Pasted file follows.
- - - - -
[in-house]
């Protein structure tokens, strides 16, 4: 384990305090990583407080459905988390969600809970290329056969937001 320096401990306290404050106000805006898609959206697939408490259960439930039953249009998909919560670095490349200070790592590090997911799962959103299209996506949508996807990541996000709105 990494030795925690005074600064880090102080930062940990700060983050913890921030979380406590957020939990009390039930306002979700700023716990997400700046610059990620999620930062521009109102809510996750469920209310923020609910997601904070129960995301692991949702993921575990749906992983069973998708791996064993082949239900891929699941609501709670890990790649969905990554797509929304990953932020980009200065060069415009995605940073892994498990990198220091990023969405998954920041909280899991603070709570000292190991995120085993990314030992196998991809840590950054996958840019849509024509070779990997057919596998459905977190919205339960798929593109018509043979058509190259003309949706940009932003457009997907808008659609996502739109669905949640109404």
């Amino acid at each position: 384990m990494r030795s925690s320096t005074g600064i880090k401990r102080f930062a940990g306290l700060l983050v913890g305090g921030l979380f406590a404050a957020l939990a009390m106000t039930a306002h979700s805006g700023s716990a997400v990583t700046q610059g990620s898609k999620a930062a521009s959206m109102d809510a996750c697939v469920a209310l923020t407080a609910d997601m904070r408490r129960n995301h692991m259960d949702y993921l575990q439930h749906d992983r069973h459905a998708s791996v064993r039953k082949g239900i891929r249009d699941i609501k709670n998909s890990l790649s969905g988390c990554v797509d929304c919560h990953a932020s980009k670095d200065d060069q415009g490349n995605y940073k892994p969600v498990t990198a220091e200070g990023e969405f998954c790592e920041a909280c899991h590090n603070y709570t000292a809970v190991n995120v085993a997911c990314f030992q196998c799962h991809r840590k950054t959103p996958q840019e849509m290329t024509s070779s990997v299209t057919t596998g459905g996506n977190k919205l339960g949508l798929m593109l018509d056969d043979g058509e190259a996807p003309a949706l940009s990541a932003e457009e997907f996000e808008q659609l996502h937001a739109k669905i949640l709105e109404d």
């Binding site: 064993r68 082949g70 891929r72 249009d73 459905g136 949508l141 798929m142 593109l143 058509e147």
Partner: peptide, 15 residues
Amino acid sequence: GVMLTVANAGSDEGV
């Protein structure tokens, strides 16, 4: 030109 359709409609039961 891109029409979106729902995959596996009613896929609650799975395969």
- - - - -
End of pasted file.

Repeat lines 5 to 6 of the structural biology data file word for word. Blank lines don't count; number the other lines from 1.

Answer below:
Partner: peptide, 15 residues
Amino acid sequence: GVMLTVANAGSDEGV